Last year it was difficult to imagine that spot gas prices in Australia would hit unprecedented levels of more than $40-50/GJ, with AEMO capping the DWGM price at $40/GJ. By comparison, the DWGM only averaged $5.10/GJ last year. As was mentioned by Energy Market Intelligence Manager Mohsin Ali in the previous COTW issue #136, price spikes like this have occurred in the past, usually lasting a day or two before setting back to normal levels ($5-$12/GJ). Conversely, the current price spike has been sustained for weeks, which has never been seen before in the gas wholesale market. It seems that global gas prices, TTF (Europe) and JKM (Asia), currently play an important role in influencing gas prices in the east coast gas market for several reasons:
- Gas supply issues, curtailed gas flows (by~40%) from Russia to the EU
- EU storage restocking requirements ahead of winter 2023
- Stronger than anticipated gas demand recovery in the post-Covid world
- Limited LNG flexibility due to planned and unplanned outages globally
In this Chart of the week, we examine the fundamental drivers that have traditionally driven gas prices in Australia, whether new fundamentals have arisen, and what this could mean for energy markets in Australia going forward.
JKM prices (Asian LNG spot prices) have traditionally heavily influenced Australian gas spot prices. As seen in Figure 1, stronger JKM prices, which have been supported by European spot prices (a new driver of JKM prices), have pushed Australian LNG netback prices higher, subsequently pushing up DWGM gas prices.
European gas prices started to rise at the beginning of last year and hit all-time highs with an annual average of $22.5/GJ ($15.8/mmBtu). Strong demand recovery (up 5.5%) together with plummeting domestic production (down 10%), lower LNG inflows (down 4%) and reduced Russian pipeline deliveries to the European Union (down 3%) resulted in a tight gas market. As Europe is trying to diversify its gas supplies from Russia, and attract alternative supplies (e.g. LNG), we might see a fundamental shift whereby Europe’s role in the LNG market changes from being a global sink for LNG oversupply (seen in 2019-20) to a direct competitor with Asian gas markets, leading to a much closer correlation between the two markets in the medium term. Currently, LNG accounts only for ~19% of Europe’s total gas supply, with the US being the largest supplier in 2021.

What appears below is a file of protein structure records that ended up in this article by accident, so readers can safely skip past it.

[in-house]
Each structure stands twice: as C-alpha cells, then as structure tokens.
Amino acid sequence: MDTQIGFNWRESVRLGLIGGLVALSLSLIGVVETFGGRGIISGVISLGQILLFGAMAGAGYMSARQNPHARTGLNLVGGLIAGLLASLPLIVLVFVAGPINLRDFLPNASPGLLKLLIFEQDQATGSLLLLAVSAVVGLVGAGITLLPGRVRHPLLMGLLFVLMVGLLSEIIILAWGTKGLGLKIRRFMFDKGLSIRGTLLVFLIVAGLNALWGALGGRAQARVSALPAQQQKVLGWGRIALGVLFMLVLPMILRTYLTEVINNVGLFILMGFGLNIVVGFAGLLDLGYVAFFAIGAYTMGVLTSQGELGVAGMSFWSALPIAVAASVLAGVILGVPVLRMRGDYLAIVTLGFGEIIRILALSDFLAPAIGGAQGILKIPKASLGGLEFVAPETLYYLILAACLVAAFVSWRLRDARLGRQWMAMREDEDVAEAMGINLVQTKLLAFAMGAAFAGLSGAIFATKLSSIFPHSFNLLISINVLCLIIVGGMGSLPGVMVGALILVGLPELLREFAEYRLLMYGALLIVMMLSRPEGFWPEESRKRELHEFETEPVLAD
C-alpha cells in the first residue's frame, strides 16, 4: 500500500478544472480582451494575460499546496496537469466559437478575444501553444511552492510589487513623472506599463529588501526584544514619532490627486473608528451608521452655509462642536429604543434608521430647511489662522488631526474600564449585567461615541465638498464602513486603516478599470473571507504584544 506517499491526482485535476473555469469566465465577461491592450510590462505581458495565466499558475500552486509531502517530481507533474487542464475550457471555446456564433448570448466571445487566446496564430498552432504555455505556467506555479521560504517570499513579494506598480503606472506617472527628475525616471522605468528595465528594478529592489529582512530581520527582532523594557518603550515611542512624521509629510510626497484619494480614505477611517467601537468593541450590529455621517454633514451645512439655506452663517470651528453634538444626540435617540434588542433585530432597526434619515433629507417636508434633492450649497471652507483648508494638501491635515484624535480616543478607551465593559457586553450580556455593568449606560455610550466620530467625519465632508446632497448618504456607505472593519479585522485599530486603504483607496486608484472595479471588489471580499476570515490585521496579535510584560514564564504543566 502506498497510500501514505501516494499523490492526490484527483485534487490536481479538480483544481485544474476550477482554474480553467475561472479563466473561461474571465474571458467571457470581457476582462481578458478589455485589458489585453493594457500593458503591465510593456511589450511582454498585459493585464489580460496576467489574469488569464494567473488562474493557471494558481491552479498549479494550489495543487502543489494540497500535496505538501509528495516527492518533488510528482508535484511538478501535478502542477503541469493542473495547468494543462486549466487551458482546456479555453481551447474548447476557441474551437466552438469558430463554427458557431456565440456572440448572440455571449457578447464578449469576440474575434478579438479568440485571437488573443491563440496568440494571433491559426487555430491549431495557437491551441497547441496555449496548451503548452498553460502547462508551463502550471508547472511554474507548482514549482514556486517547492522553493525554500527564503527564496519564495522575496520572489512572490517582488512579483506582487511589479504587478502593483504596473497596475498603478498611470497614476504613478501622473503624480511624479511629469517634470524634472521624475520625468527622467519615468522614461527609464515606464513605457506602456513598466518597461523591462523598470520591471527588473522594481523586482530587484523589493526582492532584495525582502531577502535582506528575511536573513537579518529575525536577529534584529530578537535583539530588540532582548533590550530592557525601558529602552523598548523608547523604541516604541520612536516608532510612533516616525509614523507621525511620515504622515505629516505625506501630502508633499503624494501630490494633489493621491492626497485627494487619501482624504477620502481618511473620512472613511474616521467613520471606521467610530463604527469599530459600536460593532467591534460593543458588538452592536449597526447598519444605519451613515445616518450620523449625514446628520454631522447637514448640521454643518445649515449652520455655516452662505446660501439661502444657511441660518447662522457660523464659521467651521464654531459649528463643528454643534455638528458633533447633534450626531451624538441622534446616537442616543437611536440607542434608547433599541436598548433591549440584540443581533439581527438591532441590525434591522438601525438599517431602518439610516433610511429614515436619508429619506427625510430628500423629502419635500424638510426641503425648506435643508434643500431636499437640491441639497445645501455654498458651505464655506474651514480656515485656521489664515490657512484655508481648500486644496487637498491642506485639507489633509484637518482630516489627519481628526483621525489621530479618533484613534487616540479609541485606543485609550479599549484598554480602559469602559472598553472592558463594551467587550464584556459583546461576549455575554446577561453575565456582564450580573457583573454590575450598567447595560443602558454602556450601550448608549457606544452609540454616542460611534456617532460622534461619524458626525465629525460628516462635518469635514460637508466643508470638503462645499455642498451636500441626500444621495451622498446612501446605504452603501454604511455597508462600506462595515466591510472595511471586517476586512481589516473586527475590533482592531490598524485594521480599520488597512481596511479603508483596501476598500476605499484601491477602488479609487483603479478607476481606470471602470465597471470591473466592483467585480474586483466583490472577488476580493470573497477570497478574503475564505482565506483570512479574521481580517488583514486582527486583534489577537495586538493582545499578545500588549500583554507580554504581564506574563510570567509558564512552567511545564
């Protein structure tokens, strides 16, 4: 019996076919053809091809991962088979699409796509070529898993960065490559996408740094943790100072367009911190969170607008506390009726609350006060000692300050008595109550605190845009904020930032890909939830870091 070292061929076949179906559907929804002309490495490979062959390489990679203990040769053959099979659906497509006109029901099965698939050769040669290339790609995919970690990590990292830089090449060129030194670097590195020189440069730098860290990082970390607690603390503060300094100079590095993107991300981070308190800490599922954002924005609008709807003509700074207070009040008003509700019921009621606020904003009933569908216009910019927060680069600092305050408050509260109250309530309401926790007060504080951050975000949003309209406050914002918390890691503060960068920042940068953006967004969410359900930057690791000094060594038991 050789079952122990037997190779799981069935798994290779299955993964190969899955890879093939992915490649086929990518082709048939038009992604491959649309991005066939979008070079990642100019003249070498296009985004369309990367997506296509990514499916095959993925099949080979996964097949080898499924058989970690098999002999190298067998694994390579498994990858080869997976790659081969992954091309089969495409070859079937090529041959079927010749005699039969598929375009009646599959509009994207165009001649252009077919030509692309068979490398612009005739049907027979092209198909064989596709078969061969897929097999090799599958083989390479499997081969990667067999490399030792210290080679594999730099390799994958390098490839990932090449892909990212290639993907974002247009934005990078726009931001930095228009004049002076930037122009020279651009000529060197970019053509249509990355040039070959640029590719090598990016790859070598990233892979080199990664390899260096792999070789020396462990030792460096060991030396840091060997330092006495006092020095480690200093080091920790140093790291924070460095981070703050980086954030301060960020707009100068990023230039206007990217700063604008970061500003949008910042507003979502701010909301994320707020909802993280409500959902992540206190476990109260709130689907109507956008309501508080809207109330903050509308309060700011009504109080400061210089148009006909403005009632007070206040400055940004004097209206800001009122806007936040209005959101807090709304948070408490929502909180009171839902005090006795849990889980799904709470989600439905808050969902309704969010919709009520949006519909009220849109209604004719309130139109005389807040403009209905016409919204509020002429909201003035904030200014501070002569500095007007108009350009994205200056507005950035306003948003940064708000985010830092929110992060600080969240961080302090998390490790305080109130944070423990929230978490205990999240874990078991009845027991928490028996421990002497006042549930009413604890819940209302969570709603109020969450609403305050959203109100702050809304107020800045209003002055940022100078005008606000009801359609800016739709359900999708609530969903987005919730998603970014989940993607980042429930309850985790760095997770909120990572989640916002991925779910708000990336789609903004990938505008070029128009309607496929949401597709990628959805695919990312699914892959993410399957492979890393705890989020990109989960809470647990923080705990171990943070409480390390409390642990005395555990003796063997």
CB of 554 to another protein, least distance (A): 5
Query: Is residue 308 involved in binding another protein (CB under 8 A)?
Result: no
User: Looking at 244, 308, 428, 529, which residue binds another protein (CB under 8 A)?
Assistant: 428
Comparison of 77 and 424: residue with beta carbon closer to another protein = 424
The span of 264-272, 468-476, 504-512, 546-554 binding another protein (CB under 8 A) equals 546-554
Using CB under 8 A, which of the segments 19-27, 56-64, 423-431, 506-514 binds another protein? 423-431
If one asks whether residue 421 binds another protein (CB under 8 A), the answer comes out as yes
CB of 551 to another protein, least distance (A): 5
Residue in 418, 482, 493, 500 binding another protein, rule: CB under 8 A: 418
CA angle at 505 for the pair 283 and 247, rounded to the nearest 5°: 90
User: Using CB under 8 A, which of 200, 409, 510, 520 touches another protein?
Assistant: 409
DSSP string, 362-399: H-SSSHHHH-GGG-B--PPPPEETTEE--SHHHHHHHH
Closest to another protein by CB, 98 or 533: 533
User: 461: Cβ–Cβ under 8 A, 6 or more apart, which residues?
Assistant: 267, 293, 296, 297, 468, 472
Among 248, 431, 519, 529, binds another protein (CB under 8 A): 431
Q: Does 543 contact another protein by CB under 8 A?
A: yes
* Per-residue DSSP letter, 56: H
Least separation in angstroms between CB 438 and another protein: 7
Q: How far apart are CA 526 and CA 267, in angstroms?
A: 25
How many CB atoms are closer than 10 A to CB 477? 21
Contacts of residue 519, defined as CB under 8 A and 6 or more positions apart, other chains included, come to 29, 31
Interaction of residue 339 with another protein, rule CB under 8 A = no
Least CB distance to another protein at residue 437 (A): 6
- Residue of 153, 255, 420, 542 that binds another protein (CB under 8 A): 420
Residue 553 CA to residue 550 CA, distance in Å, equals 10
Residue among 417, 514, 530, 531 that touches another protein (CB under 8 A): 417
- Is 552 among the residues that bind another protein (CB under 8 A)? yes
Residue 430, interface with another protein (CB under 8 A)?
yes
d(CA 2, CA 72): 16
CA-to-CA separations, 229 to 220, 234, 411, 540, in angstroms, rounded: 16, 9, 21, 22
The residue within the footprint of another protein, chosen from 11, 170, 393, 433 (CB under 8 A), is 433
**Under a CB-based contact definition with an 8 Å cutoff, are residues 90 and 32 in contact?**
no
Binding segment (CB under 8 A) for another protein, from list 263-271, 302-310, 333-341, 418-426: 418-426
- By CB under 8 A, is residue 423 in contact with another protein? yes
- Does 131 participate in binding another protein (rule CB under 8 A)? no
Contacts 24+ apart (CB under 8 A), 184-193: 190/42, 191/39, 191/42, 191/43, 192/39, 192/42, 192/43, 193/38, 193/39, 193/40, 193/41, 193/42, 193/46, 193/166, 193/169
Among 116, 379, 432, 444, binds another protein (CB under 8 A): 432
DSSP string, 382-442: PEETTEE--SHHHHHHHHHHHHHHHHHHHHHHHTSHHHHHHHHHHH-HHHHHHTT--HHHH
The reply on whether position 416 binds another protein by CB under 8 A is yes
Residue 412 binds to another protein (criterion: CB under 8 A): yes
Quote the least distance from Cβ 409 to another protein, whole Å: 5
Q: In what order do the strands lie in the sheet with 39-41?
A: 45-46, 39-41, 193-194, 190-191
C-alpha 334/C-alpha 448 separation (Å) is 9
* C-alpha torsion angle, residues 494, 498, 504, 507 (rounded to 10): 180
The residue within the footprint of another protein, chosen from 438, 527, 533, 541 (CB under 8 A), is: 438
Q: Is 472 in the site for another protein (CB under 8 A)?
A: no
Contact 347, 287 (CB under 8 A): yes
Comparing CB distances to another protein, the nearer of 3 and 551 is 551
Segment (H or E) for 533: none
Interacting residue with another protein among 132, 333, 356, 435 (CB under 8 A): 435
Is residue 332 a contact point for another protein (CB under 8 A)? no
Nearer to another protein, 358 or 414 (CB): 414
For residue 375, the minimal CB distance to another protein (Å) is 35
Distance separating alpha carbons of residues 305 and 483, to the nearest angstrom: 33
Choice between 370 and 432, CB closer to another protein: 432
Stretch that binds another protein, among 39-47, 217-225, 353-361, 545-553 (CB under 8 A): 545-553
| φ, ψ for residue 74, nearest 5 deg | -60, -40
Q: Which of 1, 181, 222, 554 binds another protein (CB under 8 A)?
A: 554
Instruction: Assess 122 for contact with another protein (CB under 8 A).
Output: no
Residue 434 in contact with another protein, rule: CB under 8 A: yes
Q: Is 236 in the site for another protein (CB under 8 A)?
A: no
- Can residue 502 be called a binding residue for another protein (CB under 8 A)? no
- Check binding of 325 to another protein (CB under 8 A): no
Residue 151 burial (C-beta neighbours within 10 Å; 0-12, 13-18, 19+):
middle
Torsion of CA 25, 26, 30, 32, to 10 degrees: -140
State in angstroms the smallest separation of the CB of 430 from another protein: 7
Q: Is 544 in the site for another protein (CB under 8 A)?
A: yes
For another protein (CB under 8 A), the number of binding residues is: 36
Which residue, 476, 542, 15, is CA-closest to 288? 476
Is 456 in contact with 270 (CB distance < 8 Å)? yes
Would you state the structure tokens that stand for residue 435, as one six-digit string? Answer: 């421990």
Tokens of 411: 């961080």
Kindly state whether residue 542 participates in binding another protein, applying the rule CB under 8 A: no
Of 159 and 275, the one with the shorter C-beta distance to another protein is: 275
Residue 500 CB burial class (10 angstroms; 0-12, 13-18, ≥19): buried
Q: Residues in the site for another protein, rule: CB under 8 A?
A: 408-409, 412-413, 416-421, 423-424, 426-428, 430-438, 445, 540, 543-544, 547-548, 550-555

Adding pressure to gas supplies was a fire on 8 June at Freeport LNG’s facility in Texas, which has reduced U.S. export capacity by one-sixth.
Most of Freeport’s exports were contracted by Japanese buyers, with the majority of volumes being redirected to Europe as TTF is at a premium to Asian markets. The missing volumes from Freeport LNG will increase Europe’s appetite for uncontracted spot cargoes, leading to increased competition for volumes with Asia and providing further pressure to gas prices in the short term. Currently, Freeport LNG is not expected to return to full plant operations until late 2022.
European gas futures are currently trading at $45/GJ, suggesting that tight fundamentals (e.g. reduced LNG and gas imports from Russia) will persist into 2023. Spot outturn gas prices in Europe are likely to hover around that level in 2023 if Germany and other EU states do not manage to re-fill their gas storage ahead of the heating season (which starts in October). This would then subsequently create additional gas demand to satisfy increased storage injections next summer, likely keeping prices high. In addition to the European tight supply-demand balance projected for winter 2023, it will be interesting to see if China’s strong appetite for LNG will continue in 2023 or whether this may be satisfied through increased pipeline flow from Russia across the Power of Siberia pipeline. If winter in China sees extended periods of below-average temperatures, it is very likely that JKM prices will remain relatively strong, adding upward pressure to LNG netback and Australian domestic gas prices.
Extraordinary high gas and power prices have negatively affected domestic end-users, utilities and retailers who are now competing against other buyers desperate for more supply. Hence, the ‘opportunity cost’ for gas is extremely high, meaning whoever has a gas supply contract could make more money by re-selling it to someone else. We will be keeping a close eye on the outcomes over the short term, particularly watching how Russian gas flows into Europe will evolve during Q3-Q4 2022 and how quickly Germany and other EU states will be able to re-fill gas storage facilities ahead of new Gas Year starting on 1 October 2022.
If you are interested in understanding the impacts of these potential market dynamics on future price curves, please reach out to our team, who will be releasing our updated price curves (Benchmark Power Curve) in the next few weeks. For more information, please email firstname.lastname@example.org.